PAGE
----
There are some instructions for individuals and organisations to follow before using the tool, including the requirement for a Data Protection Impact Assessment (DPIA) and privacy notice in place that covers the tool’s use. A template DPIA and privacy notice have been provided to support you to do this.
Following concerns about the inclusion of some codes relating to gestational diabetes, NHS Digital has published specific guidance on gestational diabetes on their COVID-19 Population Risk Assessment page. This page also has a lot of detail about the development of the risk assessment tool and it has information about how patients can get more information if the page does not answer their questions (email firstname.lastname@example.org). The RCGP has also developed a flow chart to support GPs when considering risk for patients with a history of gestational diabetes.
Vaccinating people with a learning disability
As we know, multimorbidity is very common for those with a learning disability and we would therefore encourage all practices to contact all people on their learning disability practice register and offer an early appointment for vaccination.
Vaccinating people with Severe Mental Illness (SMI)
As people with SMI people face reduced life expectancy of 15-20 years when compared to the general population and have also been disproportionately impacted by the coronavirus pandemic, this group is also included in cohort 6 prioritisation list. Note that the Green Book defines SMI as schizophrenia or bipolar disorder, or any mental illness that causes severe functional impairment, and also includes people with an eating disorder and those with a diagnosis of ‘personality disorder’.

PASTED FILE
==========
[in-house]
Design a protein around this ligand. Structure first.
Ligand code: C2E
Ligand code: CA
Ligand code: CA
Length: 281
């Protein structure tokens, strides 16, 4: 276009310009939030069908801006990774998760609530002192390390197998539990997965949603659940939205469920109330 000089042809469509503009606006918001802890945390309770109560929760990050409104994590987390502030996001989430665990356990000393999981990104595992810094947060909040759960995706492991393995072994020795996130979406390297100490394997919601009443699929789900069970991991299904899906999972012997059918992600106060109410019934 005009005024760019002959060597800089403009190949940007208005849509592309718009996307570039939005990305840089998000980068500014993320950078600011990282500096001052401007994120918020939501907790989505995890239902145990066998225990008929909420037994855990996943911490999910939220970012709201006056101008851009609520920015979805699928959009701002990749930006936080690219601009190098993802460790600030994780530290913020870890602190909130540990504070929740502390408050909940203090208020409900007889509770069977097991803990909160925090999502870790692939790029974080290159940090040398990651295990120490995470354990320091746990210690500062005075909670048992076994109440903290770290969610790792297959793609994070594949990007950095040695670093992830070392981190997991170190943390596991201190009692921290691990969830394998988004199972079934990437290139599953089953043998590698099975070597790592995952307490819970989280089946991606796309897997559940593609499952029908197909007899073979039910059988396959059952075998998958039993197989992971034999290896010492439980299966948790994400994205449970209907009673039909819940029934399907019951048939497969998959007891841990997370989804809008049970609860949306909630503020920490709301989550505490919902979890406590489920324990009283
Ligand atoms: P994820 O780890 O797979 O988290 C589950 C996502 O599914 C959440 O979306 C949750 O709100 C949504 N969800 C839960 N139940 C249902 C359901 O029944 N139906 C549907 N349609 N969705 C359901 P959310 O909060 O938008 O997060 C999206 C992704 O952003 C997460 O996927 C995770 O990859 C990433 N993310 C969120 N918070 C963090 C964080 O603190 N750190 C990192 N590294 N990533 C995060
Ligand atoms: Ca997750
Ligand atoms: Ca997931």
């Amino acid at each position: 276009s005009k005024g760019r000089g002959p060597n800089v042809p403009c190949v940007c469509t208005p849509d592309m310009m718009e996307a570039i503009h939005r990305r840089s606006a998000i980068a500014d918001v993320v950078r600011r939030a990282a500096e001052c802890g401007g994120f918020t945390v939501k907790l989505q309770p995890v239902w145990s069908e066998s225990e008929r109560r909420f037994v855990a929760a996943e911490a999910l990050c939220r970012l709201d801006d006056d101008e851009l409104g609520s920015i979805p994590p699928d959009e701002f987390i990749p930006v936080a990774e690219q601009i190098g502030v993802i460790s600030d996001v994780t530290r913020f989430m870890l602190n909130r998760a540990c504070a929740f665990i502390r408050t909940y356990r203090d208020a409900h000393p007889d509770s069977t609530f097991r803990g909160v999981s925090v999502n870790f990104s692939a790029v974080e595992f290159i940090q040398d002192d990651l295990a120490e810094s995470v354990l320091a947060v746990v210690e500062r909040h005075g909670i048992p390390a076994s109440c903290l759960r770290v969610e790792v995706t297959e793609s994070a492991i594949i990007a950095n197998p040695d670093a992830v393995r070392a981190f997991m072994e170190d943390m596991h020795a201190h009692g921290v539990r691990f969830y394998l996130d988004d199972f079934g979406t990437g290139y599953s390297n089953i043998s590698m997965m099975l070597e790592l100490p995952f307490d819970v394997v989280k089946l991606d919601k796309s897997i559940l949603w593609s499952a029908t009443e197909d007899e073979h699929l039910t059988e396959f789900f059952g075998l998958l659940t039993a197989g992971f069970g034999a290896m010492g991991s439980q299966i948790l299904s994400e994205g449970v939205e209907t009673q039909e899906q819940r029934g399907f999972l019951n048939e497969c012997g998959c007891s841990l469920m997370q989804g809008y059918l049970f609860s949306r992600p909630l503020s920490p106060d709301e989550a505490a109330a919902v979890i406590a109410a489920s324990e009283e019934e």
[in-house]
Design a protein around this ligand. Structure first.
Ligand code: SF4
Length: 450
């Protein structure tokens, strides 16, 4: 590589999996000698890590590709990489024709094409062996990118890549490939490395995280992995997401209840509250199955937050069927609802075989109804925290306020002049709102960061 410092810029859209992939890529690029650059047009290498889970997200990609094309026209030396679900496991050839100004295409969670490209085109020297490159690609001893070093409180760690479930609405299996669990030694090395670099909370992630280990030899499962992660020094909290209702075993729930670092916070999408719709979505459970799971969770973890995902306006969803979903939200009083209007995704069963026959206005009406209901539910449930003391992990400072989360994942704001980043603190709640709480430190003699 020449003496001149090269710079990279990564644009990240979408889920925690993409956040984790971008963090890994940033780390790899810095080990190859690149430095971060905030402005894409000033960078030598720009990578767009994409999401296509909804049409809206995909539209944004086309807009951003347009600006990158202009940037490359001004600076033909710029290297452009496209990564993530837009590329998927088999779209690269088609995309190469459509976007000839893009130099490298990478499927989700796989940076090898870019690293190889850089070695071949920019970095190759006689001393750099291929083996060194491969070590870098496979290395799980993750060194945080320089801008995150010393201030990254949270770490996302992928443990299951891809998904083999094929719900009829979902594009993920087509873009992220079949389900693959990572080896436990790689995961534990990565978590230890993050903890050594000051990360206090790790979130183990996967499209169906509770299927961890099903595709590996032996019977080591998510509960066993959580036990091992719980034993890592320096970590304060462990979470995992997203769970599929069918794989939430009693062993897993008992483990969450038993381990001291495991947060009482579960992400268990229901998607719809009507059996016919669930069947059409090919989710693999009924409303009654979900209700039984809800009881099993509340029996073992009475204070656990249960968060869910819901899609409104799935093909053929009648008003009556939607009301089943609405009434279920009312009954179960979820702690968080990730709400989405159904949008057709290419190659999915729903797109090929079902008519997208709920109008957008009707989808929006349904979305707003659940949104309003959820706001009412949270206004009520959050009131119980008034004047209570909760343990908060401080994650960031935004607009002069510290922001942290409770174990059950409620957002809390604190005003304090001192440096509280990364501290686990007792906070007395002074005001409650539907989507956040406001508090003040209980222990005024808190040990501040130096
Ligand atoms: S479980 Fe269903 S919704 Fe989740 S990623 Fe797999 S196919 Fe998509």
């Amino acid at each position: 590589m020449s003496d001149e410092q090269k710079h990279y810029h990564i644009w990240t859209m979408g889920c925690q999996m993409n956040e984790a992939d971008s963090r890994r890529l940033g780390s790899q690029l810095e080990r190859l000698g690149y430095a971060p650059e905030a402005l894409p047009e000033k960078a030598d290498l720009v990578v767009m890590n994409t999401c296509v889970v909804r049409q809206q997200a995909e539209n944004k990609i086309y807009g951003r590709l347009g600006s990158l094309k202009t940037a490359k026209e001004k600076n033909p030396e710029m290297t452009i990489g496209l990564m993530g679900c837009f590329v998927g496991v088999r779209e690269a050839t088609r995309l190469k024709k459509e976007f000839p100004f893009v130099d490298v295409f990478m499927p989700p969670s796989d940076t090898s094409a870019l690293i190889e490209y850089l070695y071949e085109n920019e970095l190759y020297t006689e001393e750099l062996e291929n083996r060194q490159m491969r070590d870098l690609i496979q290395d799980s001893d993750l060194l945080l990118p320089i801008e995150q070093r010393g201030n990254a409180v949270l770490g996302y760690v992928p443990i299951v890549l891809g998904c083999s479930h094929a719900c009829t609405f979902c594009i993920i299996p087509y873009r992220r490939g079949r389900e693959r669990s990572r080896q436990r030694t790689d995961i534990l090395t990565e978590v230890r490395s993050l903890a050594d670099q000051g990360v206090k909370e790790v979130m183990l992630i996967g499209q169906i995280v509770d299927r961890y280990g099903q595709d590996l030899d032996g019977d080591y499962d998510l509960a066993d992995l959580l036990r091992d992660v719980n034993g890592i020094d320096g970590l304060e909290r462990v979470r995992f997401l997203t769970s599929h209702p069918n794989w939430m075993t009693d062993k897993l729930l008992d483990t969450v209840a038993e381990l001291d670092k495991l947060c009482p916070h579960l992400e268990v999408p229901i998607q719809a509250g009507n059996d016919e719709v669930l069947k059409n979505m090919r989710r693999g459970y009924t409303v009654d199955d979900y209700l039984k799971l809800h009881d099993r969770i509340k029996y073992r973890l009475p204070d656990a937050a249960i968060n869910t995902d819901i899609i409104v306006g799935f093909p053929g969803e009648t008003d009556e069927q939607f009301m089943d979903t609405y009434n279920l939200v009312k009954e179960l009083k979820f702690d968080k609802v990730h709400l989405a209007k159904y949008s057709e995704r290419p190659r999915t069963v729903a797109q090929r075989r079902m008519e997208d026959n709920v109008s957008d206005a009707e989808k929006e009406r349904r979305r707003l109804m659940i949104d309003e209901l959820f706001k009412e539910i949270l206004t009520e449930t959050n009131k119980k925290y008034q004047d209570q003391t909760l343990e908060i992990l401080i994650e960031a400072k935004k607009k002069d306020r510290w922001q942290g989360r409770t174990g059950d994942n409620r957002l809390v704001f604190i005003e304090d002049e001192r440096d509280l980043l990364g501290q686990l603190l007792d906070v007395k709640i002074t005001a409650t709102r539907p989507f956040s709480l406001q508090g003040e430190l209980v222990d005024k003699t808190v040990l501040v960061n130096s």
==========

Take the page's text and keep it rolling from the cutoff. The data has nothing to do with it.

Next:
Tailored invitation letters for local vaccination sites to invite these groups are available on the FutureNHS platform.
Vaccination patients who are HIV positive
People living with HIV, at all stages of infection, should be offered the vaccination due to the associated immunosuppression, and are as such part of cohort 6. Most of these patients will be invited for vaccination by their GP, however, for the small proportion who has declined sharing their HIV status with their GP, HIV clinics should encourage and support these patients to share their HIV status with their GP.
Vaccinating those aged under 18
As the AstraZeneca (AZ) vaccine is not licensed for use in those under the age of 18 – if any young staff members or volunteers (aged 16-17) present to a vaccination centre for vaccination, they should be referred to their GP or local hospital hub where they can access the Pfizer vaccine which is authorised for this age group. If the Pfizer vaccine is unavailable, JCVI have recommended that the AZ vaccine can be used as an alternative in those aged 16-17 years. This is outside the license and must therefore be done under a PSD and cannot be done under a PGD or National Protocol.